Stern indicates external explosion
Defense Minister Kim Tae-young apologized for the ministry and the military’s poor handling of the “unprecedented incident” and for losing the public’s trust.
“The government and the military see this incident as a grave situation of national security,” Kim said at a press conference yesterday, amid mounting concerns of possible North Korean involvement. “We are doing our best to cope with it.”
After Kim spoke, a top investigation official announced that the probable cause of the Cheonan’s sinking was an external blast.
“After a visual inspection of the severed section of the ship and the interior and exterior of the hull, we concluded that an external explosion is highly likely to be the cause, rather than an internal explosion,” said Yoon Duk-yong, a scientist heading the joint military-civilian investigation team.
The 1,200-ton Navy corvette sank on the night of March 26 in the Yellow Sea near the inter-Korean border after an unexplained explosion tore the ship in two. After weeks of rescue and salvage operations, 38 sailors have been confirmed killed in the tragedy, while eight are still unaccounted for.
According to Yoon, a professor emeritus at the Korea Advanced Institute of Science and Technology, the initial examination of the salvaged stern ruled out the possibilities of internal explosion and metal fatigue. The theory that the Cheonan was wrecked on a rock was also dismissed, Yoon said.
“The metal plates of the hull were bent toward the inside,” Yoon said. “The right side of the hull was destroyed and opened, so it appeared that the explosion took place on the right side. It is the experts’ judgment that such damage was caused by an outside explosion.”
Asked if the ship could have been destroyed by a bubble jet created by an underwater explosion, rather than directly hit by a torpedo or a mine, Yoon said, “We are reviewing both possibilities that the ship was damaged by direct contact or by an explosion that took place near the ship without direct contact.”
Yoon said more detailed analysis is needed after the bow and other debris have been salvaged. Including civilian experts and U.S. navy specialists, 38 investigators participated in the initial examination, he said.
Army Lieutenant General Park Jung-yi, the military chief of the joint probe team, said debris has been collected to analyze the cause, and operations are ongoing to collect more evidence at the site of the sinking.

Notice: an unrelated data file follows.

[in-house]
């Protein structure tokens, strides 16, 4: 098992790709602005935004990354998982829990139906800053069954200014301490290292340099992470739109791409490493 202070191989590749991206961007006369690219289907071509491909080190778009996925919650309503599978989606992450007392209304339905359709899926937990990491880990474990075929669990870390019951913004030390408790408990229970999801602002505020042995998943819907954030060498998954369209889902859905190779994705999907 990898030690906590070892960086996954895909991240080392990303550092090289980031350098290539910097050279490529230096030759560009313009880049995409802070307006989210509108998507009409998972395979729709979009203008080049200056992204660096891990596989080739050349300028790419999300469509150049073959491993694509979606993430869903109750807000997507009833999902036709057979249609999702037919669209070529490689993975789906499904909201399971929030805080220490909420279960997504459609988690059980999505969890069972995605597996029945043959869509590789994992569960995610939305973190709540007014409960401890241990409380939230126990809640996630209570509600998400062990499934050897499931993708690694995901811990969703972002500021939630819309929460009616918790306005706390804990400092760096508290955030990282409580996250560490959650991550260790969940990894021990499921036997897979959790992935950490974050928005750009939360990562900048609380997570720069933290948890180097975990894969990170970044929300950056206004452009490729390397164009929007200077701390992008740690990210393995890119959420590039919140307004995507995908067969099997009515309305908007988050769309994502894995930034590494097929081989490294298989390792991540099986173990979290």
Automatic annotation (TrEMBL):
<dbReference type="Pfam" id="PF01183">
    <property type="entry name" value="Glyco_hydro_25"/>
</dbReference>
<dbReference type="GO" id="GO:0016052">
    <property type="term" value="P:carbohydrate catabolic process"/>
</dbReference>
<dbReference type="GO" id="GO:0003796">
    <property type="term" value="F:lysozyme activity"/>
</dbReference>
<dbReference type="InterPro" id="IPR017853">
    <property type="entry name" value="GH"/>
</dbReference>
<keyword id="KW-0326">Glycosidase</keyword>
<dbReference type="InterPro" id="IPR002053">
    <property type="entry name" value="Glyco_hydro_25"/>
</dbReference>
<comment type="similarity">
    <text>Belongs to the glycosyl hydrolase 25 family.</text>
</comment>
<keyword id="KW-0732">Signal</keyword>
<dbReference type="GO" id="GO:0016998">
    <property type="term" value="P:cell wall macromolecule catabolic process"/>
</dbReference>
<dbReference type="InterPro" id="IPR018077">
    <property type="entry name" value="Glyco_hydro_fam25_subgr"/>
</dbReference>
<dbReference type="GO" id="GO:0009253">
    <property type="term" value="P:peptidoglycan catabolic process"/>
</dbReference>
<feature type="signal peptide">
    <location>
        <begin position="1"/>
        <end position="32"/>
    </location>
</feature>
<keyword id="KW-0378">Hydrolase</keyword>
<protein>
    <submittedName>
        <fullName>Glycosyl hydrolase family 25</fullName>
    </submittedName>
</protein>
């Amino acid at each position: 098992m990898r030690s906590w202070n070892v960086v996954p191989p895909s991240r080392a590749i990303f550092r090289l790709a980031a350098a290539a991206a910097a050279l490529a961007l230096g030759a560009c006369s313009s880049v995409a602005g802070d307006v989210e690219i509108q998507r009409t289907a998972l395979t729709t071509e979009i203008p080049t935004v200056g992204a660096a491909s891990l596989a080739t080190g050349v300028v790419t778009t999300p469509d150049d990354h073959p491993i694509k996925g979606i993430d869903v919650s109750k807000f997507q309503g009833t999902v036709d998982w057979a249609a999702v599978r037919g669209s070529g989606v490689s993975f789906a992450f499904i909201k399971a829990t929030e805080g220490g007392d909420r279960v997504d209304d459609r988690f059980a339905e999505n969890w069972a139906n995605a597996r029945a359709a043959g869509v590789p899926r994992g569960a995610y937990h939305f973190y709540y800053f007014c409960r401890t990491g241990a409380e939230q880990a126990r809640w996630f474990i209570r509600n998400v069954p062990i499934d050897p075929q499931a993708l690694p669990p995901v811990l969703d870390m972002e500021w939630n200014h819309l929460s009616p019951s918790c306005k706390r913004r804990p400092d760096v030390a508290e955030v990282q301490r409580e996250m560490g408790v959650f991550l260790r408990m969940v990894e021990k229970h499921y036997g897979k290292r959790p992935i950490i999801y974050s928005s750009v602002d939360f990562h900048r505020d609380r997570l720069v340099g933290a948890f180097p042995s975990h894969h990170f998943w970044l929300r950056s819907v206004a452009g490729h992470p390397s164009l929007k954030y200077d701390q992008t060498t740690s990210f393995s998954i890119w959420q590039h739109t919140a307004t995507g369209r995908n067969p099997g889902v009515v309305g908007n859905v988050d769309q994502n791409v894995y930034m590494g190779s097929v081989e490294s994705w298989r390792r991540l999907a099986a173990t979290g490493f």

But even as the investigators announced their initial findings, the Blue House yesterday asked the public to wait for the final results of the probe.
“The unprecedented incident took place near the inter-Korean border, and it’s natural that the military sees this as a national security situation and the public is concerned about it,” said Blue House spokesman Park Sun-kyoo. “The incident made all of us aware that this peaceful land can be gripped by concerns in an instant. This is the reality of a divided Korea. Until a final, scientific conclusion is made about the case, we will not assume anything.”
As the investigation moves forward, the United States showed concern that any involvement by the North could have serious consequences on the international efforts to resume the stalled six-party nuclear talks.
“Let’s not jump to a conclusion here,” a U.S. State Department official said in Washington yesterday (Korean time). “I wouldn’t necessarily link them together. But obviously certain results could have a profound effect.”
While the defense minister’s characterization of the incident was the strongest such statement to date, the sinking had been treated as urgent since its earliest hours. President Lee held his first emergency meeting with security ministers and Blue House aides within an hour of the sinking, and has met with them to discuss the matter several times since then.
Nonetheless, Kim admitted that the military failed to handle the initial stages of the crisis successfully.
“Since the administration launched, the military has established an immediate combat-ready posture by reinforcing operational authorities of field commanders and updating the operations rules near the de facto maritime border of Northern Limit Line in the Yellow Sea,” he said. “Despite that effort to strengthen our national security, we were baffled by this unexpected incident.
“We will make the outcome public as soon as it is revealed, and we will devise a clear and strict countermeasure,” the minister said.
The military will request the Board of Audit and Inspection to probe its initial handling of the disaster and take any necessary measures to improve its shortcomings.
Of the 104 men aboard the Cheonan at the time of the explosion, 58, including the captain, were rescued, while 46 were unaccounted for shortly after the sinking. Thirty-eight of the missing sailors’ bodies were found, and the families of the remaining eight yesterday asked the military to call off the search for them.
A Blue House official said all those who died in the disaster will be considered killed in action and proper arrangements will be made for their families.
By Ser Myo-ja [email@example.com]
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